Dwayne Allen of Rum Bar Gives a Tasty Tutorial on Rum
If you've ever been inclined to dismiss rum as a legitimate spirit because of slushy vats of hot pink strawberry daiquiris, flaming tiki drinks or frat boys chugging Bacardi and Coke, hang on one little minute. Dwayne Allen, who co-owns The Breadfruit and Rum Bar with his partner Danielle Leoni, is just the guy to give you a much-needed attitude adjustment. His father's family has been growing sugar cane in Jamaica's St. Elizabeth Parrish and selling it to prestigious rum producer Appleton Estate for generations. "Rum is in my blood," he says only half-jokingly.
Buchanan Three fancy rums
-- The 11 Best Things I Drank in 2012
At Rum Bar, Allen offers 137 different bottles of rum, not one of them labeled Bacardi or Captain Morgan. So listen up because he makes a pretty strong case for rum being as sophisticated as it is fun.
The first thing Allen wants me to know is that rum is as American as Apple computers. Although the spirit was probably first distilled on the sugarcane plantations of the Caribbean in the 1600's (Barbados is often considered its place of origin), the drink's popularity soon spread to the North American Colonies. Our first distillery was established on Staten Island in 1664 and rum-making quickly became New England's largest and most profitable industry. When the Sugar Act of 1764 (a tax which pre-dated England's Tea Act by nine years) threatened to cut into the profits of the Triangular Trade (an exchange of molasses, rum and slaves), American colonists started thinking long and hard about revolution.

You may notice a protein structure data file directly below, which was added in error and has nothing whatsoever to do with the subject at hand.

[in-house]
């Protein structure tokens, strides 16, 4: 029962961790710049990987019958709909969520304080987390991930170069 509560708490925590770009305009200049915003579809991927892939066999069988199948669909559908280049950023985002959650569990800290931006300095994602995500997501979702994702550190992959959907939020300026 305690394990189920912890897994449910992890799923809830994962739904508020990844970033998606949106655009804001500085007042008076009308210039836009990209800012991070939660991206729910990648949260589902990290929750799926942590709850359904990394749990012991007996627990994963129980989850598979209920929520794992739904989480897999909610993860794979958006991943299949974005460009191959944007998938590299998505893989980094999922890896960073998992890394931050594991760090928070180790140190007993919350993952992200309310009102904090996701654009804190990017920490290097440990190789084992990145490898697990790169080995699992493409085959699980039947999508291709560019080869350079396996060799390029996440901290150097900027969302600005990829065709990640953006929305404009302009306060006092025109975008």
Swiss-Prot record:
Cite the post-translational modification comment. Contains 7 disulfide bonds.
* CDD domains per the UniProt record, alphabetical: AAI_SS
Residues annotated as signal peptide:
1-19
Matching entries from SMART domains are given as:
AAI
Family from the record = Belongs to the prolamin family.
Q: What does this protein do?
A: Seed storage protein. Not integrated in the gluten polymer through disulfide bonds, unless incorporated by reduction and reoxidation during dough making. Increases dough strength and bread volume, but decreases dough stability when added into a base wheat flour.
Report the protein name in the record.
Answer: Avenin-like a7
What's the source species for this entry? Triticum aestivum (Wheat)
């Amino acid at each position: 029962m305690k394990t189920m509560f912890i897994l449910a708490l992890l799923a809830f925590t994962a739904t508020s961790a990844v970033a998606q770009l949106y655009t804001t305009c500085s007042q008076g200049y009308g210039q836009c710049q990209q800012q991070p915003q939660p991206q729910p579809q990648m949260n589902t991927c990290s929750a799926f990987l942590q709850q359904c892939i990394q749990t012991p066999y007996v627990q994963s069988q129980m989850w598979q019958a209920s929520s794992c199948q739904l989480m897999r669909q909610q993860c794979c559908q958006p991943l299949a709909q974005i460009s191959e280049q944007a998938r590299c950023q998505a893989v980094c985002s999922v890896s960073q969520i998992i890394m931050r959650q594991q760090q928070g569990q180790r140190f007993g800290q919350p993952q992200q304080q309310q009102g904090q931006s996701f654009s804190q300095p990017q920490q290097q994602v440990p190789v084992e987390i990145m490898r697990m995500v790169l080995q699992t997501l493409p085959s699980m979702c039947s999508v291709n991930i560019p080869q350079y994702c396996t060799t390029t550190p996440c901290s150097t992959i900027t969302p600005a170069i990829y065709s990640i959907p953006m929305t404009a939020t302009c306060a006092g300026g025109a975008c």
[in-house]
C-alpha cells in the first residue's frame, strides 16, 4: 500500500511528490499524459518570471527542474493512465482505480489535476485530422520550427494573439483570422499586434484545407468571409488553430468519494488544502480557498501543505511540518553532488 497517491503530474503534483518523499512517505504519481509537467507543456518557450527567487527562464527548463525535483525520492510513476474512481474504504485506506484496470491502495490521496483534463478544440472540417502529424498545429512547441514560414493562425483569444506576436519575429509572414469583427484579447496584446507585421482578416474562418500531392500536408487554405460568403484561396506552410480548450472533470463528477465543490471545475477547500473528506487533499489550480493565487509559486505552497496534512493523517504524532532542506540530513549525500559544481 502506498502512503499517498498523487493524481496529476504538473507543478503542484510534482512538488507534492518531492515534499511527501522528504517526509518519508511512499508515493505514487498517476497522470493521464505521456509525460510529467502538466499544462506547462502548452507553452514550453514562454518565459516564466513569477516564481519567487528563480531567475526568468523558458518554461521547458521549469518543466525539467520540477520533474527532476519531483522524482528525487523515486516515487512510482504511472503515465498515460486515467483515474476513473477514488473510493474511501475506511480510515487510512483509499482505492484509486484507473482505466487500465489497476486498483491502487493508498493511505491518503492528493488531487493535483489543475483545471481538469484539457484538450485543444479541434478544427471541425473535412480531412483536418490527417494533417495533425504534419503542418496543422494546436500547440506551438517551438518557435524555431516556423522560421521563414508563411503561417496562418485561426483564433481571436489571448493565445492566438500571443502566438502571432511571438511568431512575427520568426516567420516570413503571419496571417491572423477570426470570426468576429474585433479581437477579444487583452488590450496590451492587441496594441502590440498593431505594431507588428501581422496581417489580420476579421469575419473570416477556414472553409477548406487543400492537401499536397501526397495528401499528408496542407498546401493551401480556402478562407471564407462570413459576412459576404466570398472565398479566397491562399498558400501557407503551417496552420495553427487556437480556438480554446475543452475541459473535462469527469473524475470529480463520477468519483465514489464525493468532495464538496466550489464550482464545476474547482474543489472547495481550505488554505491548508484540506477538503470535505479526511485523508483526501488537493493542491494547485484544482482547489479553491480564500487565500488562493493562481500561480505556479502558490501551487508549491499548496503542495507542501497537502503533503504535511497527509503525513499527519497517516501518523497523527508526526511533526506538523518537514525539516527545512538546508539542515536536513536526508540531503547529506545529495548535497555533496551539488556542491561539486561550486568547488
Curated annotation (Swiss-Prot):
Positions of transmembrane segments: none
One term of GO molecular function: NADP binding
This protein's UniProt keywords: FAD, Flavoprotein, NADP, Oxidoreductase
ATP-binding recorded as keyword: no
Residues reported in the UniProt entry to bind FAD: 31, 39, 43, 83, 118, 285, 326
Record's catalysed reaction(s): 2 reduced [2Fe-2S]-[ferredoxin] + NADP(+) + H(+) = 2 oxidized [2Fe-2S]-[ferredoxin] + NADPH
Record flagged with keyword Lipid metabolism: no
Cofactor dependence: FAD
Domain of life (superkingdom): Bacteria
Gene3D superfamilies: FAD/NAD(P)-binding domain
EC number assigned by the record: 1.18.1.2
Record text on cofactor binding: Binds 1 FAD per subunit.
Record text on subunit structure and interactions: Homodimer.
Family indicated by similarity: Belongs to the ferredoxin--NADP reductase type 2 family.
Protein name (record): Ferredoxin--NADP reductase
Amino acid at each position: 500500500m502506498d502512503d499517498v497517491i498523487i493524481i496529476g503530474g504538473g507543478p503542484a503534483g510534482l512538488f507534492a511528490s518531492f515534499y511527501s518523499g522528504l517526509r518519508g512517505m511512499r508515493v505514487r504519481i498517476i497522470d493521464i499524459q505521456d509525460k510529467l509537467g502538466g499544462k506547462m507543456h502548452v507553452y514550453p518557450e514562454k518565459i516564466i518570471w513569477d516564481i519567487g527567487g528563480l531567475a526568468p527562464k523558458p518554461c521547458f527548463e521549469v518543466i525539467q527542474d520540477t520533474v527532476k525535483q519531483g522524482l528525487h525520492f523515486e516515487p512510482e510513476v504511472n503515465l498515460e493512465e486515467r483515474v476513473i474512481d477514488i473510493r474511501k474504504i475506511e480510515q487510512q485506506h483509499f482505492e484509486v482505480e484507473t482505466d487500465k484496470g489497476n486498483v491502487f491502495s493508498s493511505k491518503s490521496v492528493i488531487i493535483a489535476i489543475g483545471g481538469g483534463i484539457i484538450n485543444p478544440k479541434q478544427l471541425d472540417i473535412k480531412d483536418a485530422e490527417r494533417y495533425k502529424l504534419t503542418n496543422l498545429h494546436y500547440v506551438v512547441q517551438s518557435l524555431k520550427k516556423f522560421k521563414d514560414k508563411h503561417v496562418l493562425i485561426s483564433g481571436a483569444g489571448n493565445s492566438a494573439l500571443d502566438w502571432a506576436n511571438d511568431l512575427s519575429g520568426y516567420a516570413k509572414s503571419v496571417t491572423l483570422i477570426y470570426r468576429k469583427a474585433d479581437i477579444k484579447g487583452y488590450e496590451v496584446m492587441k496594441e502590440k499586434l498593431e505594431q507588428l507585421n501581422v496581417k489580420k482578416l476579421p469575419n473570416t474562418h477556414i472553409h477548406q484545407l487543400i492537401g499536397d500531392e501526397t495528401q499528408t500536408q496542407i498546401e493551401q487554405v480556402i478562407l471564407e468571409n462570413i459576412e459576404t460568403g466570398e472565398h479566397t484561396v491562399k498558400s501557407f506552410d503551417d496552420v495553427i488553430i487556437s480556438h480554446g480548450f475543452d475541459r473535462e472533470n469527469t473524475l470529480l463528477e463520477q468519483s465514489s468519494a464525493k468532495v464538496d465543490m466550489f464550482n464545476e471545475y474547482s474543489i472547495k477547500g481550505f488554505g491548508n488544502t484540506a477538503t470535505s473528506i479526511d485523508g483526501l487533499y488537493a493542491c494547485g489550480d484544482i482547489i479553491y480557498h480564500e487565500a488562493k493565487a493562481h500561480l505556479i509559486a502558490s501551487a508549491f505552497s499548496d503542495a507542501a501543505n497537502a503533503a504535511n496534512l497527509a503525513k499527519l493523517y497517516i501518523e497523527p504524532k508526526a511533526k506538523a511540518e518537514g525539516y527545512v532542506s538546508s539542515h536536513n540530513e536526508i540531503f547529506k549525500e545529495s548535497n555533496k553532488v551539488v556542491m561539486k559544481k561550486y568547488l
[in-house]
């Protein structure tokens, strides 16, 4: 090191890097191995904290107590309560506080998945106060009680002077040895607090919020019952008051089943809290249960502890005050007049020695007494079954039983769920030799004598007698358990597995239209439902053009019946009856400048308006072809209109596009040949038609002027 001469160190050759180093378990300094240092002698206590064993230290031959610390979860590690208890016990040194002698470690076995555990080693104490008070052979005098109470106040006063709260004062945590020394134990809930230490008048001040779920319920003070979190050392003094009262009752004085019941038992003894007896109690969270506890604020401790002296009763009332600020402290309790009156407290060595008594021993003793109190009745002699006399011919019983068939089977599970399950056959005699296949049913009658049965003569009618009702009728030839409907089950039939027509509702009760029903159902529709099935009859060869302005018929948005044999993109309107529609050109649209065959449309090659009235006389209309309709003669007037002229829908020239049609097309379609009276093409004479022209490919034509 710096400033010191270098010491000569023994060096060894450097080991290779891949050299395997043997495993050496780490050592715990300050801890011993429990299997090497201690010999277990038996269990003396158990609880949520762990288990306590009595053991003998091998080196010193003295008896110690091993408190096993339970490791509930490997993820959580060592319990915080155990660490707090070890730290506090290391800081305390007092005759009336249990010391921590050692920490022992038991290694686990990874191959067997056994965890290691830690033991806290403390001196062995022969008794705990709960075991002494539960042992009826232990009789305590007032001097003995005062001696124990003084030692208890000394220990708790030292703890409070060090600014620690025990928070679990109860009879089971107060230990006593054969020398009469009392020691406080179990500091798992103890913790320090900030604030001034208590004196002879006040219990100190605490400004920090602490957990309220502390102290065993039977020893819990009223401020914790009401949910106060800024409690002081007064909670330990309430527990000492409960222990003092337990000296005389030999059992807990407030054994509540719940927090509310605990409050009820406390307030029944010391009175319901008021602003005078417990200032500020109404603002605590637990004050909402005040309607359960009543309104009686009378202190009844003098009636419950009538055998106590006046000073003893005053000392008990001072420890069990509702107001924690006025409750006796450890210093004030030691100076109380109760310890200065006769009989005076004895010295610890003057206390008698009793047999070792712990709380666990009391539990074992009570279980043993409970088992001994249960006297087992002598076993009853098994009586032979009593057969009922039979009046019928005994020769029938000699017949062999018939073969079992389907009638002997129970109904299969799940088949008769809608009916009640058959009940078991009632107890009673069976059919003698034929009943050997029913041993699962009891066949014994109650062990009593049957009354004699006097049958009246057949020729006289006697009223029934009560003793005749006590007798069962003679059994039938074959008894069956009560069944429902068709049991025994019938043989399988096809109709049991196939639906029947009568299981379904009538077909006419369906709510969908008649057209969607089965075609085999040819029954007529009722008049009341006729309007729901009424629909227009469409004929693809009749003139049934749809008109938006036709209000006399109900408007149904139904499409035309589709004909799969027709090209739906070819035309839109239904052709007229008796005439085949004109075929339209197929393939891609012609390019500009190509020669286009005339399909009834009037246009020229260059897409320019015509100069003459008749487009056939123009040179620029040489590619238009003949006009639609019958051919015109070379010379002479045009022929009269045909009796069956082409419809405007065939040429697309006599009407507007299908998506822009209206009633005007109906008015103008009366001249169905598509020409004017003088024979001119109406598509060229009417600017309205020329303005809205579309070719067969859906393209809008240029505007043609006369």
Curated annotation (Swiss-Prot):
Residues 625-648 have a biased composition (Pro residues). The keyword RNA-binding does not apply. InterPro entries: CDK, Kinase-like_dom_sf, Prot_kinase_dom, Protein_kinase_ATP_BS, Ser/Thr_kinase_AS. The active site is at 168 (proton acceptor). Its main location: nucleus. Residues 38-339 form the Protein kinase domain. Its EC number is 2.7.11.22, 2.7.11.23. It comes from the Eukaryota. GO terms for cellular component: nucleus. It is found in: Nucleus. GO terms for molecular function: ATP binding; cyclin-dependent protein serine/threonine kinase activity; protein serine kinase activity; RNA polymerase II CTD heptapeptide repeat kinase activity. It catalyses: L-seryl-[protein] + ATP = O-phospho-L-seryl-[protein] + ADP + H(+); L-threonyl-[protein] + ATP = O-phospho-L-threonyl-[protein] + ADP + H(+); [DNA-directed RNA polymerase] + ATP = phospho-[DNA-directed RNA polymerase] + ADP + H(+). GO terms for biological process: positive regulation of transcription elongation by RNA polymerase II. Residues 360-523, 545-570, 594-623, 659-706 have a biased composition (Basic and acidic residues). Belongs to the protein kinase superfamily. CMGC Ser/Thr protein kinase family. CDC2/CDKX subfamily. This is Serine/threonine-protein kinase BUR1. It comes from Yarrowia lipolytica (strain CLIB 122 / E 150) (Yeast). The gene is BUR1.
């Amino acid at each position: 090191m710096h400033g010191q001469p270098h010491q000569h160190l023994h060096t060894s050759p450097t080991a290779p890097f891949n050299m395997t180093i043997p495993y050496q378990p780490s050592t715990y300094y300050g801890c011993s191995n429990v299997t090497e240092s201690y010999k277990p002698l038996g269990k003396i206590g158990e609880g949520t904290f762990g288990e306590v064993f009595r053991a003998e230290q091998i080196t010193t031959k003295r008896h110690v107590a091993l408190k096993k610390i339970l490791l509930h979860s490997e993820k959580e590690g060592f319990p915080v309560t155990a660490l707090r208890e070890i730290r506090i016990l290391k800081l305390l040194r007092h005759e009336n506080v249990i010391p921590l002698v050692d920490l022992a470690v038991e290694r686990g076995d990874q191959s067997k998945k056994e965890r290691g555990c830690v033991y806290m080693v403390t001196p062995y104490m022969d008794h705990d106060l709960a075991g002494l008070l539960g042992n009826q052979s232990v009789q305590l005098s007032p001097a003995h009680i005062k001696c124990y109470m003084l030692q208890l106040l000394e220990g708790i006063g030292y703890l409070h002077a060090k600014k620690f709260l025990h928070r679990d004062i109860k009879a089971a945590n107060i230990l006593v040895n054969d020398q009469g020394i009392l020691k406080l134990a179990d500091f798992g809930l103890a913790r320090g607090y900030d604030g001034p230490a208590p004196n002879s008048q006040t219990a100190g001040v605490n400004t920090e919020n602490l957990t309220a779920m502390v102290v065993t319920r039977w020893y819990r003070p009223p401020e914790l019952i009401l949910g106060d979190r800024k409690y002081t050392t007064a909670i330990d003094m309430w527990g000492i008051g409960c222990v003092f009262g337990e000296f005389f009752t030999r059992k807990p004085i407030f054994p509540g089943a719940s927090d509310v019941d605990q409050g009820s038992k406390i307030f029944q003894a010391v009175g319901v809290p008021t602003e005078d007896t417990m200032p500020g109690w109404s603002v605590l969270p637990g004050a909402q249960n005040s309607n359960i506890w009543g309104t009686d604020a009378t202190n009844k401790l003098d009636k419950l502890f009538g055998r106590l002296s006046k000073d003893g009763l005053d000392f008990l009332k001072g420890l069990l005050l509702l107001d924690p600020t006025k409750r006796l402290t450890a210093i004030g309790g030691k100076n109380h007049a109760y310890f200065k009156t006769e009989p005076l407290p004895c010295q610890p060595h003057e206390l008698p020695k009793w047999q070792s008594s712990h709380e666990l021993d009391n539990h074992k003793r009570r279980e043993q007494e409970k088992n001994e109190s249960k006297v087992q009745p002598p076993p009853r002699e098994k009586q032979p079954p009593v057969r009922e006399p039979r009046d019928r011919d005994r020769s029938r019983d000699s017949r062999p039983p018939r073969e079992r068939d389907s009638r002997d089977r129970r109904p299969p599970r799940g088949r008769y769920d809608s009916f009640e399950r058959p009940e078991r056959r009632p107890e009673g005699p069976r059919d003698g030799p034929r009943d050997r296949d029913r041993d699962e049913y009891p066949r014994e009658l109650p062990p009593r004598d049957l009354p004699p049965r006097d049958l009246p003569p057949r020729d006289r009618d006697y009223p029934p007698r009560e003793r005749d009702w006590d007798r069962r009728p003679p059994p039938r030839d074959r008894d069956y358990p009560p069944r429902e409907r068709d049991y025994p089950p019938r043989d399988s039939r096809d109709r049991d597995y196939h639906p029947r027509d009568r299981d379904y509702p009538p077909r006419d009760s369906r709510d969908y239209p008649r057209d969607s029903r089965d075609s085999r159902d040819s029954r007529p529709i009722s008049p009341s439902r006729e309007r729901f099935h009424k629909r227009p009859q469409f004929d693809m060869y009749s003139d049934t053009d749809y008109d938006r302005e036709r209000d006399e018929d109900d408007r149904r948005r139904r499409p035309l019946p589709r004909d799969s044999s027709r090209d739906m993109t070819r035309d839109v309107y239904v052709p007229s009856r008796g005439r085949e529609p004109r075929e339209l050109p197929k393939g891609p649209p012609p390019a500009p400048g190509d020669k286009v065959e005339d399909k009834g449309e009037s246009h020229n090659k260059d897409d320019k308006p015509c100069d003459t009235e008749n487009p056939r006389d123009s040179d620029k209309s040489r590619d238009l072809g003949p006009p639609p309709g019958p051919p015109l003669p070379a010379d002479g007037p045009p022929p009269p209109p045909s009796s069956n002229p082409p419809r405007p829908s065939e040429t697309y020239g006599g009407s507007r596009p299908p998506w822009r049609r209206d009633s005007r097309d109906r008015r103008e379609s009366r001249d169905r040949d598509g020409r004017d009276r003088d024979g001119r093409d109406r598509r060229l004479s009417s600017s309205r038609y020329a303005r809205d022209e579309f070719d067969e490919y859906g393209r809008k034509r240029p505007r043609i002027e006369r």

Buchanan One way to ruminate on rum
All rums fall into one of two umbrella categories: rhum industriel (any rum made from sugarcane byproducts, usually molasses) and rhum agricole (any rum made from the juice of pressed sugar cane). Most rums are made from molasses because it's less expensive.
Agricoles are treated the same way as Cognac, receiving AOC certification. They're produced in former French colonies such as Martinique and Guadeloupe.
Other Rum Classifications:
White -- Clear, light-bodied and subtle. The rum to use for a classic daiquiri or mojito or a fruity cocktail because the rum won't overpower the other ingredients. Think Mount Gay Eclipse, Cruzan Light Aged and Flor de Caña 4 Year Extra Dry.